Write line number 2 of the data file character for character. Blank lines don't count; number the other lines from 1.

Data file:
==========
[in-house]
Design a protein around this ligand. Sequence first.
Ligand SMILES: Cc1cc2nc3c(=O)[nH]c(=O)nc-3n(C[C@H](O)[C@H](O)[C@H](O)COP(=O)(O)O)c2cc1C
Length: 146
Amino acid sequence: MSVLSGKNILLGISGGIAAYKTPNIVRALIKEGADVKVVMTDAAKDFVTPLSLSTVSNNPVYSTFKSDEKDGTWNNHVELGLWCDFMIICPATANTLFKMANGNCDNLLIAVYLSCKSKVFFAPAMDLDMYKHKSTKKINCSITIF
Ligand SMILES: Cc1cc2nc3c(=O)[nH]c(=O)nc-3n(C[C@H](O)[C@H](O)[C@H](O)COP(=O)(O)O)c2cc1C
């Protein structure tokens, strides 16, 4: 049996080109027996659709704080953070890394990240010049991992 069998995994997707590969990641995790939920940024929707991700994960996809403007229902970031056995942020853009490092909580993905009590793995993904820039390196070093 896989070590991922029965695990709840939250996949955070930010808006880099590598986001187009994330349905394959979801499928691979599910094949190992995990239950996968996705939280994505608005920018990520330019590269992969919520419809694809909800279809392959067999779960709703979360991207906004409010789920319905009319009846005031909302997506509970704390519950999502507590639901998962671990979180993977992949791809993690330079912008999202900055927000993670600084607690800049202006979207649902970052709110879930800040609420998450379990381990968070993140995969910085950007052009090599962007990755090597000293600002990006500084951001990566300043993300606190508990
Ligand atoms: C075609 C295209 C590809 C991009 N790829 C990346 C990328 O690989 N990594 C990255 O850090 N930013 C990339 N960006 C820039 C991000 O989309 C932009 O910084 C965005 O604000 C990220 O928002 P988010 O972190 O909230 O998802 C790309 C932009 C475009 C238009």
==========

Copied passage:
Design a protein around this ligand. Sequence first.